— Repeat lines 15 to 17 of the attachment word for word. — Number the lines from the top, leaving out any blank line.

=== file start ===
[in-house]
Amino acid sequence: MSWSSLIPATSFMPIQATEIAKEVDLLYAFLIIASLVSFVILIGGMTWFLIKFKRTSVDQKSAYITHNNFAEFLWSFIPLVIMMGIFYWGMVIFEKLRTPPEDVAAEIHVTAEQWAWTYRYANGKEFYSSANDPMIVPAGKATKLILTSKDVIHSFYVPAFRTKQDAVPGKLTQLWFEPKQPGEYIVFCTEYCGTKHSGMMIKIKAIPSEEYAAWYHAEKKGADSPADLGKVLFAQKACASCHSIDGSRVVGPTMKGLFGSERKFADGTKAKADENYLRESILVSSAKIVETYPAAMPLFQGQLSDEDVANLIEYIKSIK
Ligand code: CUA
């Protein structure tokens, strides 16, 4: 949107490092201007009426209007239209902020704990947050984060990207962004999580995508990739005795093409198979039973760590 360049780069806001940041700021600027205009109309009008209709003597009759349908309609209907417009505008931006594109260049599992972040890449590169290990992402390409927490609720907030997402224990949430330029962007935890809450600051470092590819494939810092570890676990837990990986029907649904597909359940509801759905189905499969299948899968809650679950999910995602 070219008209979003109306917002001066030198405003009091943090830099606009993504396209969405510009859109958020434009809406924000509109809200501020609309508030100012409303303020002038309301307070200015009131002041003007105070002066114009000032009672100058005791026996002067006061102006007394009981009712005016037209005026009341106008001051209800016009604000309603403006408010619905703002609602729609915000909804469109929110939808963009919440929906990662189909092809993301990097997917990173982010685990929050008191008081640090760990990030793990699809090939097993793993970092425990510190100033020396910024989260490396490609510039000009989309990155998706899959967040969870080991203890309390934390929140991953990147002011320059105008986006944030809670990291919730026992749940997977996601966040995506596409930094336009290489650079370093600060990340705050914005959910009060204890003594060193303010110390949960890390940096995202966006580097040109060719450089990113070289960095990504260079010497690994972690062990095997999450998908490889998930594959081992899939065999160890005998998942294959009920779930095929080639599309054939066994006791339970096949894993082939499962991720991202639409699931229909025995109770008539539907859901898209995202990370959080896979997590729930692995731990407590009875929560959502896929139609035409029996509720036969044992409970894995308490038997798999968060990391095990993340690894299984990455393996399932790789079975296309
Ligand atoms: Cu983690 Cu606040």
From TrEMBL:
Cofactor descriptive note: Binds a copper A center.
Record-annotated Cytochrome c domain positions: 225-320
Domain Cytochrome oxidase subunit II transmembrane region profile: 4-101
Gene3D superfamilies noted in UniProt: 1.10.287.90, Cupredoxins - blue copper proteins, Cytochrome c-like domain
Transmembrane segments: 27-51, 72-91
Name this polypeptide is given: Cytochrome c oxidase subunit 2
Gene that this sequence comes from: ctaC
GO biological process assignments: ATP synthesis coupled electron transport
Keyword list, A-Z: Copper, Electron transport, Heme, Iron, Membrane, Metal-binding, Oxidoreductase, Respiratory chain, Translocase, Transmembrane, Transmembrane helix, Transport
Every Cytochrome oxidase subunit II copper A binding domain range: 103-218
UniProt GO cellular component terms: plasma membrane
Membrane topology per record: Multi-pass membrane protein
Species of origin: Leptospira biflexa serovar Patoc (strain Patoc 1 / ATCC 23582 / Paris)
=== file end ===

Keyword list, A-Z: Copper, Electron transport, Heme, Iron, Membrane, Metal-binding, Oxidoreductase, Respiratory chain, Translocase, Transmembrane, Transmembrane helix, Transport
Every Cytochrome oxidase subunit II copper A binding domain range: 103-218
UniProt GO cellular component terms: plasma membrane